A national workshop to address the issues of sustainability in eye care programmes was organised in 1999 to identify and address the needs, major constraints and challenges for the development of sustainable eye care services in Cambodia. The workshop recommended that cost recovery systems in the eye units should be strengthened, as part of an overall provincial hospital system with some form of autonomy. The accessibility of public services to poor patients should be enhanced through improvement in quality of services, affordable fees, exemption from payment and adequate information to the community.

An essential drug list for the different levels of eye care has been developed. A standard list of equipment, drugs and suppliers is operational and a ‘material and supplies bank’ has been set up by the national PBL committee to assist the eye units in the bulk purchase and procurement of IOLs, sutures, spares and other supplies. This is in addition to that supplied by the Ministry of Health’s central medical stores. In cooperation with NGOs, training programmes in equipment maintenance are planned for technicians and end users in the near future.

Experience in the local production of eye drops (Battambang laboratory) have not been satisfactory due to infrequent production, primarily due to lack of personnel and raw materials for production. Functional low cost optical workshops have been set up in 4 provinces, either singly or to support the existing eye units.
Within VISION 2020, targets should be set for services availability, accessibility, utilisation and coverage. Strengthening of cost recovery systems within the eye units will be required. Development of equipment maintenance systems for eye care, including training of Instrument Mainte nance Technicians, consolidation of bulk purchasing strategies, establishment of facilities for low cost production of drugs and spectacles will be required.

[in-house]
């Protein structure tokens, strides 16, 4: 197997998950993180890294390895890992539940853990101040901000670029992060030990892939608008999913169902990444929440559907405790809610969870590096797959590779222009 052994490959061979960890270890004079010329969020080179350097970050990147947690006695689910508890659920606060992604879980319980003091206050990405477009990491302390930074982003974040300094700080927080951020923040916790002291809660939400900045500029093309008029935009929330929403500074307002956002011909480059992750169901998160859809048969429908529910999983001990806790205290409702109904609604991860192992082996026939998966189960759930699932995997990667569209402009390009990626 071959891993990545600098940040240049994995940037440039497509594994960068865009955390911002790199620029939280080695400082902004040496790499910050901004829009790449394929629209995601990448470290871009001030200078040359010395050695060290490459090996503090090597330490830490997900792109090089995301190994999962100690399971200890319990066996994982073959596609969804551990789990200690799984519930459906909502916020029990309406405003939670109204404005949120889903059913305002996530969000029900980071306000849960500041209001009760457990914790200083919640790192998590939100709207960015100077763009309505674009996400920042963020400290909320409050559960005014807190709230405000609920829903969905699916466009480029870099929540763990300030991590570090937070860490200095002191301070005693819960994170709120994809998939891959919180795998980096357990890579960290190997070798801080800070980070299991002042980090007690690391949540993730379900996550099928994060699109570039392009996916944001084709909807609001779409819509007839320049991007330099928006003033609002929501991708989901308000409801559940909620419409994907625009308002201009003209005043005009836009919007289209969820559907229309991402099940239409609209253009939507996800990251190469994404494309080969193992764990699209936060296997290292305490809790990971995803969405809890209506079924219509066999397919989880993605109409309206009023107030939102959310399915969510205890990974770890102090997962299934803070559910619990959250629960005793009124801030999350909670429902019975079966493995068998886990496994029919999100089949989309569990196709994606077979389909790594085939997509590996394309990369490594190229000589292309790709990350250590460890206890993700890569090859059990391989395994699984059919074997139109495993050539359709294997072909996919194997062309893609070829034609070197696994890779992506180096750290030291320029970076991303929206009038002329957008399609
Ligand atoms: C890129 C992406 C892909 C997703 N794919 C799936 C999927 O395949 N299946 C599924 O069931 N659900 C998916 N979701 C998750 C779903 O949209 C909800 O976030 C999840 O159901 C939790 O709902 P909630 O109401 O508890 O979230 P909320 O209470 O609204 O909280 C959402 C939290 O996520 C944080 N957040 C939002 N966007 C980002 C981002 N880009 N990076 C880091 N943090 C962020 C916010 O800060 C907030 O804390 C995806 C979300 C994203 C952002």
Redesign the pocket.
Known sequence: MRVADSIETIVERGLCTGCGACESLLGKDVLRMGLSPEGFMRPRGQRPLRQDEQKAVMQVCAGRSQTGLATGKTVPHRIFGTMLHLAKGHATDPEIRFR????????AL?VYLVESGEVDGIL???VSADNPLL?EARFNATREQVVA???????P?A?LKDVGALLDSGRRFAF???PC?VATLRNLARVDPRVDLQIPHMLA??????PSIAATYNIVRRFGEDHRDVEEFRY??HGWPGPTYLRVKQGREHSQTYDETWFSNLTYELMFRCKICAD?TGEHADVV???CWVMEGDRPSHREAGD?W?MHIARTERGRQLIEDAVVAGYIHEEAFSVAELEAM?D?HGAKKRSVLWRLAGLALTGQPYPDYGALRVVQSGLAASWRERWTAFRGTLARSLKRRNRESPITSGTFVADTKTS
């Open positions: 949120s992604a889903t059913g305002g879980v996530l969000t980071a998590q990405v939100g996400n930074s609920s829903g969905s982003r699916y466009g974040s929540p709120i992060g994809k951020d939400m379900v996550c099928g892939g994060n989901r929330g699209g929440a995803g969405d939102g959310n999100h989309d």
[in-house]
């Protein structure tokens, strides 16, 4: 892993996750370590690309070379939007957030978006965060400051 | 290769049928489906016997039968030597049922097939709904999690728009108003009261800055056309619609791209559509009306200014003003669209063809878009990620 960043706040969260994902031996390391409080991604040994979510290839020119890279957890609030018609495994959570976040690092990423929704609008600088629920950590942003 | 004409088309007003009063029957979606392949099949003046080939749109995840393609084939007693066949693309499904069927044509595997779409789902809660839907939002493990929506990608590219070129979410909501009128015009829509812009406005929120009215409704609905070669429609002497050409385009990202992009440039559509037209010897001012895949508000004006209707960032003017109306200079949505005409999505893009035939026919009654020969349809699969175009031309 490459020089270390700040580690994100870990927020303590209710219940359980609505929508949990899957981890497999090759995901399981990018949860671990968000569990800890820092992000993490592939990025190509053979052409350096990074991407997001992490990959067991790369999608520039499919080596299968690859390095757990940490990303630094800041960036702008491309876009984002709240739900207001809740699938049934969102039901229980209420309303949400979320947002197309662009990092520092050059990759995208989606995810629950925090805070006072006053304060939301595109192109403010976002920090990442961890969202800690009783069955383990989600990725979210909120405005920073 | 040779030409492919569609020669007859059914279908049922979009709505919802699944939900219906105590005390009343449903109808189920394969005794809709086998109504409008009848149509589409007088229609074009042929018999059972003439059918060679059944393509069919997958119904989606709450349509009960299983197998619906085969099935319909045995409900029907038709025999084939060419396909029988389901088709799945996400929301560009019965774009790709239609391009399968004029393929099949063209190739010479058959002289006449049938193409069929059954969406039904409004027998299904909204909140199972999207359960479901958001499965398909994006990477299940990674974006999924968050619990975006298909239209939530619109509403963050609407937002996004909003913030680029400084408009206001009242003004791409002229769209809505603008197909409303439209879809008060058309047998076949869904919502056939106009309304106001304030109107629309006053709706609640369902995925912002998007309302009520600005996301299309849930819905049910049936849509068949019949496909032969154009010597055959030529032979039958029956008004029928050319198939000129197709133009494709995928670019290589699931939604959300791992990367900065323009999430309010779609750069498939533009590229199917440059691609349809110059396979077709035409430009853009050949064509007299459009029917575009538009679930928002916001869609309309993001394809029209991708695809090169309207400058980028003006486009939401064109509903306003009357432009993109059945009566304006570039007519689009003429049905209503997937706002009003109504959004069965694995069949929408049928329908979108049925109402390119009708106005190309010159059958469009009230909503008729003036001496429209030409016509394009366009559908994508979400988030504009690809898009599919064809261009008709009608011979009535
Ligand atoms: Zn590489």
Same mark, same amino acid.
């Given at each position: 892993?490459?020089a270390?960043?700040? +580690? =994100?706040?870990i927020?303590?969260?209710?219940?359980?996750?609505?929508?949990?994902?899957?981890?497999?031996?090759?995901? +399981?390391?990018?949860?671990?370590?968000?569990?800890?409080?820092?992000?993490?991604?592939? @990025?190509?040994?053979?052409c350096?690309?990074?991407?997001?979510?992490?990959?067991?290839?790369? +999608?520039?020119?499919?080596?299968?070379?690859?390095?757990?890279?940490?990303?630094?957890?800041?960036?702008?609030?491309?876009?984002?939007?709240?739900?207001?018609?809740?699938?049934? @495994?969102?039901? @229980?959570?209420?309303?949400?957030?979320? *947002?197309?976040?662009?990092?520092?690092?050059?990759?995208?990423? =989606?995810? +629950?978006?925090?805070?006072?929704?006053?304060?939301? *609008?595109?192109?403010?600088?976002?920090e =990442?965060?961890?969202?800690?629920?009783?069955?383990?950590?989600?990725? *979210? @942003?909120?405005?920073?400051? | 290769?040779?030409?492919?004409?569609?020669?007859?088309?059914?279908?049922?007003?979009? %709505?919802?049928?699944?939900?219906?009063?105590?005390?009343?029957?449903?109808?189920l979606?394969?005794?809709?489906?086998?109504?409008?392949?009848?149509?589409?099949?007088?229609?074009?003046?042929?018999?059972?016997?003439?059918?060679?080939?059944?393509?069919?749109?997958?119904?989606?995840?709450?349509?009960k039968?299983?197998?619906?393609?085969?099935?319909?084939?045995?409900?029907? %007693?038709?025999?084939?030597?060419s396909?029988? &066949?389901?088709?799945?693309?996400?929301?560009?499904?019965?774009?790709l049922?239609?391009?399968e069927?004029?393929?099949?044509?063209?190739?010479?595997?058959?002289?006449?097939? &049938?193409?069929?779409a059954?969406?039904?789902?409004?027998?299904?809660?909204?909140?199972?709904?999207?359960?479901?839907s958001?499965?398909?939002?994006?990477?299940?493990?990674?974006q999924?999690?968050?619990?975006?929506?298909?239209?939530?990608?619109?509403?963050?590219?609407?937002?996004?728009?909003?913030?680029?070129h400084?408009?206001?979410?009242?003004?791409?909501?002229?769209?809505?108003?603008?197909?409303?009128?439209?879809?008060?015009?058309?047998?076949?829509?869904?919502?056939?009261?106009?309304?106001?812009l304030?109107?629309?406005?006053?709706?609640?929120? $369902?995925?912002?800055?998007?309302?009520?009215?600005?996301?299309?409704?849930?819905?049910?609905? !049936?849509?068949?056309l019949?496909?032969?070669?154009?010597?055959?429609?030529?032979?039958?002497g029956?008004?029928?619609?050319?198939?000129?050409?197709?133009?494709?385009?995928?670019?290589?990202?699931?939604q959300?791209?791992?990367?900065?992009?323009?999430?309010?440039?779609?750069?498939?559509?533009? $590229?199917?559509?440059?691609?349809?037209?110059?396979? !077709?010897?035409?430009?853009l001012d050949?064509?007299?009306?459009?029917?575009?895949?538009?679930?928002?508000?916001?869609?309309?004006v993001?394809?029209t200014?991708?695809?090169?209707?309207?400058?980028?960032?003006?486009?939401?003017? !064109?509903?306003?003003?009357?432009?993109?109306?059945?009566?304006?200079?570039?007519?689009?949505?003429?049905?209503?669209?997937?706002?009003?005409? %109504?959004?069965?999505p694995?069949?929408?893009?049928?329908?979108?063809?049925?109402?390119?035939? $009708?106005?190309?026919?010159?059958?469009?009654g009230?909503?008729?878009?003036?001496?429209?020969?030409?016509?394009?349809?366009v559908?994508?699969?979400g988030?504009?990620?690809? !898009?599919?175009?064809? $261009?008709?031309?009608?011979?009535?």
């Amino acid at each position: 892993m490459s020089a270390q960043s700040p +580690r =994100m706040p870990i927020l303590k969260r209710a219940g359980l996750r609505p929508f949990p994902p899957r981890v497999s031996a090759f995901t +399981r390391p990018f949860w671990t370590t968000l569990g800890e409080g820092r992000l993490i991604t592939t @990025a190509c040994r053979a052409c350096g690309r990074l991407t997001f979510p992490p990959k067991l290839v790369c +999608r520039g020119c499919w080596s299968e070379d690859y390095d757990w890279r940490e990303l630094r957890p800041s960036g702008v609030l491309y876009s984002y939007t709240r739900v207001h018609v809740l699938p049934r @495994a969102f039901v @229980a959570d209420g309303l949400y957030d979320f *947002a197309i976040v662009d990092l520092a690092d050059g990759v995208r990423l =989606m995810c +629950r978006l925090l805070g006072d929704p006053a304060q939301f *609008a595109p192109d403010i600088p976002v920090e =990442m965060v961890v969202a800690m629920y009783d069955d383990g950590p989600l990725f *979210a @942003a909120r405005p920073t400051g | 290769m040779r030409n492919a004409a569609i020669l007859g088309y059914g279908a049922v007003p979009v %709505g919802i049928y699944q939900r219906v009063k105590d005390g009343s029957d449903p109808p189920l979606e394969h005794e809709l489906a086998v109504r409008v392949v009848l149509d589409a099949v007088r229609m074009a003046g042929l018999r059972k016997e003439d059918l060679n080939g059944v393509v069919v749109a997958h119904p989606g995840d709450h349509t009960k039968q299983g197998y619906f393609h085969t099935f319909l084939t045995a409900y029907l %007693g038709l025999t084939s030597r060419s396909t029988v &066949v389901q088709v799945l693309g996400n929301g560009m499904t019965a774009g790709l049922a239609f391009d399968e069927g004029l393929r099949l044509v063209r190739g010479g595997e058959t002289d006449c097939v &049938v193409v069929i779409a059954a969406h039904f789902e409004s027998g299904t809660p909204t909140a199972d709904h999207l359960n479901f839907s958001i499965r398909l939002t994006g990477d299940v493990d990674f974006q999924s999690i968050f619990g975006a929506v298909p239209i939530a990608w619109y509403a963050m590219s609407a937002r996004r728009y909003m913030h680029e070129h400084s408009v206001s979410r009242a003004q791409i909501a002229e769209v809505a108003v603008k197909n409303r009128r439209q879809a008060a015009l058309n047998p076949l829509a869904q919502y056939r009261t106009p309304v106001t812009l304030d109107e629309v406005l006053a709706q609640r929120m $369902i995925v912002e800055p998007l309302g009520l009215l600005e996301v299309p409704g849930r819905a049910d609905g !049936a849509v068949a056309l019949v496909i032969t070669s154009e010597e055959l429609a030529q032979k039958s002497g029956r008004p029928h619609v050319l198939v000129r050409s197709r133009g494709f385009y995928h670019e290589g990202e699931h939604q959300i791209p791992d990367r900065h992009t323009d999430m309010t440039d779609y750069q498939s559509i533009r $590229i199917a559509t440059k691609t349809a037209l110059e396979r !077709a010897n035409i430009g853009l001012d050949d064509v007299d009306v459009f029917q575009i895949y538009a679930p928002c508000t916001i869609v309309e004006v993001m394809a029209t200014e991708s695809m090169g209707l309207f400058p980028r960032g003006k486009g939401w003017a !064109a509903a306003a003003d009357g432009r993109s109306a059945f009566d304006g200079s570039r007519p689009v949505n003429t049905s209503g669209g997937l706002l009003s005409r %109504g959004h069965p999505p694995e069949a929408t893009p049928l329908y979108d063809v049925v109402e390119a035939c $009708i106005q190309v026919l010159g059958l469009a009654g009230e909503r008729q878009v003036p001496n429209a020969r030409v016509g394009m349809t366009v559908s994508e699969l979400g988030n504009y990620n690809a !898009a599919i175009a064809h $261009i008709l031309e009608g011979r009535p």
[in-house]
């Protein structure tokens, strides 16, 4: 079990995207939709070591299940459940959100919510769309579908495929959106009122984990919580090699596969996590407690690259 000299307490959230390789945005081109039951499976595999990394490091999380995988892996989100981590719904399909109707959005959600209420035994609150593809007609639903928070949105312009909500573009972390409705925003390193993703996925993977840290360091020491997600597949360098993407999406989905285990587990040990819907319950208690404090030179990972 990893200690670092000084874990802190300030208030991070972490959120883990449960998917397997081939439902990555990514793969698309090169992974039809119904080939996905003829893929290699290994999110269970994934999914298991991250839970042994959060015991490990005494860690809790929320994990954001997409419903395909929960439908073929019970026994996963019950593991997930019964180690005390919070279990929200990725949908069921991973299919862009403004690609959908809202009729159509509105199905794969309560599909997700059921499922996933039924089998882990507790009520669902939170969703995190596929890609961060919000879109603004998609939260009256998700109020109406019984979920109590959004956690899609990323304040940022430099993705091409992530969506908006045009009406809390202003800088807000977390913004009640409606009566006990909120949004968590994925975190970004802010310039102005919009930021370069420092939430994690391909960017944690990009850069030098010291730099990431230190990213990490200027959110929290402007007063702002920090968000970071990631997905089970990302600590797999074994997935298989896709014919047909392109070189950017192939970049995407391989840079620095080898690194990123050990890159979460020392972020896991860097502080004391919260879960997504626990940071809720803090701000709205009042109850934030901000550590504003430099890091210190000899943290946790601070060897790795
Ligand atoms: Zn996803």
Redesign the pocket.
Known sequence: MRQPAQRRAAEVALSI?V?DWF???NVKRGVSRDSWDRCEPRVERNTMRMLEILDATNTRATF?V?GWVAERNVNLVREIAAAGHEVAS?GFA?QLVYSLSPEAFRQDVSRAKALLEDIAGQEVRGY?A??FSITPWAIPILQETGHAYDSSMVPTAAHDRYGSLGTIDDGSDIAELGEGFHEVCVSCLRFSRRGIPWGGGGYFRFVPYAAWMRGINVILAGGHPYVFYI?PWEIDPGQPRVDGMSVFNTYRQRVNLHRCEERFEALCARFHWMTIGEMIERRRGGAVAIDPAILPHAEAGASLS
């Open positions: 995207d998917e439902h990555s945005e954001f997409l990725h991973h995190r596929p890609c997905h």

Role of NGOs in VISION 2020 in Cambodia


VISION 2020 aims to establish a global partnership for eye health, which is indispensable to the fundamental ‘Right to Sight’. Various NGOs have been playing an increasingly important role in blind-ness prevention in Cambodia. These include Helen Keller International, CBM, Maryknoll, HelpAge International, IRIS, Mekong Eye Doctors, SEVA Foundation and Asian Eye Care. Voluntary organisations such as Rotary International and the Lions SightFirst programme have also been involved.

The common goal is the elimination of avoidable blindness in Cambodia by the year 2020.



Conclusion

VISION 2020’s mission is to eliminate the main causes of blindness – thus, adequately addressing the eye care problems found in Cambodia. However, the implementation of this ‘Right to Sight’ will require a meaningful partnership and commitment from governments, NGOs, institutions and individuals in achieving these noble objectives. Major efforts will need to be made in the areas of advocacy, resource mobilisation and strengthening national capacities for implementing the main components of VISION 2020.

Second part

Importance of Affordable Eye Care


http://www.jceh.co.uk/journal/37_1.asp

Martin Kyndt


MBA DipCIM BSc
Deputy Director of Overseas Programmes
Sight Savers International
Grosvenor Hall
Bolnore Road
Haywards Heath
West Sussex RH16 1EL, UK